Here are 2 10″x12″ pen drawings that I did back in February but didn’t get around to photographing until now. I made them using a blue ball point pen and a compass. Luckily I had a compass with a long extension for it so that I could get at least 12 inches out from the center. These remind me a little of the I was a Landscape in your Dream series that I did that also used a blue ball point pen. I decided to only make 2 and the idea seems like a throw away idea; sometimes I get an idea and I just have to do it to get past it and that’s what this feels like.
The title comes from the Tunguska event which was a large explosion that happened in Russia in 1908. It flattened 770 square miles of trees.
Here is a photograph of the last A Theory of Progress sculpture. It was made so that it could be presented in 3 different positions.
I finished the small scale sculpture The Visible and Invisible which was based on a gouache painting that I did earlier this year that deals with optical illusions. Like Valis and Tone Float before it, I painted the sides different shades of gray from Golden #5 to Golden #2. I used Golden #6 on the outer edges, thinking that if I ever exhibit the series I could put them on a surface painted with the same shade of grey thus making the edges invisible. The photo that I took shows the piece on my dining room table and it’s easy to see how horribly I painted it. I find that I’ve become less interested in pristine surfaces and was looking for something that was different from the series A Theory of Forms and Ideas in which the sculptures have a smooth finish to them. In the final photo the surface will most likely look less textured because the diffused light will eliminate the surfaces uneven shadows.
Last but not least is The Pleasure of Deceit.
Here is another small scale sculpture that I finished a couple of weeks ago from the A Theory of Progress series that explores pure design and the homogeneous surface. The sculpture is meant to swivel in the center, allowing for the sculpture to be displayed in 2 different ways. I made it this way because I couldn’t decide which design I liked better so I thought it would be more interesting to incorporate both into the final piece. The actual sculpture would probably be made using 1″x4″‘s but, like most of my models, it will most likely never be made.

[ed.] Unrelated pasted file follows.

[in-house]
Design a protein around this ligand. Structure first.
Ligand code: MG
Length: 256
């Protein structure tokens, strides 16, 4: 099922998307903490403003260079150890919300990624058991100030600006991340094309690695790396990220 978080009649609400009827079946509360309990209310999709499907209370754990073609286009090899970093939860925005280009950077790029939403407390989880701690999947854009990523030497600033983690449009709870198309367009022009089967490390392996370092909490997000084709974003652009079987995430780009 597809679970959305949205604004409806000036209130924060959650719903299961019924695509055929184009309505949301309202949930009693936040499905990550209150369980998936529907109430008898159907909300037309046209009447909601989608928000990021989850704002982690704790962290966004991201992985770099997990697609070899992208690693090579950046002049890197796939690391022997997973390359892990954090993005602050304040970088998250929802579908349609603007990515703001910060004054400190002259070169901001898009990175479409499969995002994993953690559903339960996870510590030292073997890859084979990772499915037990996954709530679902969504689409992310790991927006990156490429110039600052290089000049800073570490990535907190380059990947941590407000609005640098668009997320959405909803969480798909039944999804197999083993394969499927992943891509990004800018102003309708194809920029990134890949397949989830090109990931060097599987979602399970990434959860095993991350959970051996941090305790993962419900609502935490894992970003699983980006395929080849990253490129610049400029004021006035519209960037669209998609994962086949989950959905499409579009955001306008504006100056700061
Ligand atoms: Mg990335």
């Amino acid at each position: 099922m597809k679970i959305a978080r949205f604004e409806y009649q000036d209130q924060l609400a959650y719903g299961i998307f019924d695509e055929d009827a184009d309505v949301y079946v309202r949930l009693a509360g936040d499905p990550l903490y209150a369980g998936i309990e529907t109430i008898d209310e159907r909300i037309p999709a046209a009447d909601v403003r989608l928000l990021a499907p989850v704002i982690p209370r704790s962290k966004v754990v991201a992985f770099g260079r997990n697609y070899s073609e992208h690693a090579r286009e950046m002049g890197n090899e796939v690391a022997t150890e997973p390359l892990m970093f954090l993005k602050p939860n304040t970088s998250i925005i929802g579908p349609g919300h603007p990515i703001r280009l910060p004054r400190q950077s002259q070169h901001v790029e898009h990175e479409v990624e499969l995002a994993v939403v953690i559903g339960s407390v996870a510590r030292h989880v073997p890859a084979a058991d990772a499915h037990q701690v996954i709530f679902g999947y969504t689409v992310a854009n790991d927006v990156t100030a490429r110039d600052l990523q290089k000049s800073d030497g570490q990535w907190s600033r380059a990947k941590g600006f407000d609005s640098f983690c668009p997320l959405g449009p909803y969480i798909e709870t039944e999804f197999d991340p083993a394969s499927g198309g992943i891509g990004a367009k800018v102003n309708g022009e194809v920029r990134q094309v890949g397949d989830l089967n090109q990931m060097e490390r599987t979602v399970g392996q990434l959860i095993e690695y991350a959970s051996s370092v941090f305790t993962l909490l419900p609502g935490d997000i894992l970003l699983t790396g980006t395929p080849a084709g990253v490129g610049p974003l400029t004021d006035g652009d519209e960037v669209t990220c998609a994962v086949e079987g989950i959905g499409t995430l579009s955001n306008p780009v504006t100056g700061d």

For the past 6 months of been part of an art management company that leases out artwork to clients of various kinds. Below is an installation shot of All Memories are Traces of Tears installed in a fancy loft that someone was trying to sell. I had previously only exhibited this piece once at St. Cecilia’s in Brooklyn where I built a pedestal for it and showed it lying flat. I thought that laying it flat on a pedestal made it sculptural and, being that it was shown in an abandoned nunnery, made it seem like a religious object ready for contemplation. I don’t mind it being shown on the wall and even had it hanging in my studio, but without the ability to see it in the right perspective I find that it looses most of it’s excitement. I think that this is the problem with most art objects; once they are pulled out of their intended contexts they lose most of their original meaning, becoming aesthetic shells that serve someone else’s purpose. That being said, I certainly welcome most opportunities to show my work but find that more and more I have no control over any meaning for my work and am instead left with settling for whatever I can get.
Here are 2 small scale sculptures that I finished a couple of weeks ago. The top one is a sculptural version of Tone Float and the bottom one is a sculptural version of Valis. Both were made using the negative perspective of the image as a point of reference. I was going to spray paint them all black like Opposition and Sister Squares are Reconciled and A Theory of Forms and Ideas but decided that the negative space and the reflection of light on the surface created a bland difference between plains and also visually distorted the inner corners, making them lighter. This was the same problem that I had with Opposition and Sister Squares are Reconciled but I was originally hoping to end up with distinctly different shading on the sides of the final image like A Theory of Forms and Ideas. The difference is in how light reflects off of the surfaces and I have a feeling that the light becomes trapped in the negative space, creating dark corners while at the same time reflecting off of the plain that makes up the corner, creating a lighter plain that then makes the space around it look even darker. To combat this I decided to paint the surfaces different shades of gray, making what I thought would be the side with the most light the lightest shade and the side most likely to be in the shadow the darkest gray. I experimented with doing this the opposite way but didn’t like the way it looked. Another problem was the sides of the 1/8″ basswood which I decided to paint a similar shade as the gray paper that I use to photograph on, hoping that the sides would somewhat fade into the background. The edges were painted with Golden #6 and the sculptures were painted with #5, #4, #3.5 and #2 and then coated with Golden UVLS Matte spray varnish.
I still need to make The Pleasure of Deceit and The Visible and Invisible into small scale sculptures as well but haven’t had the time.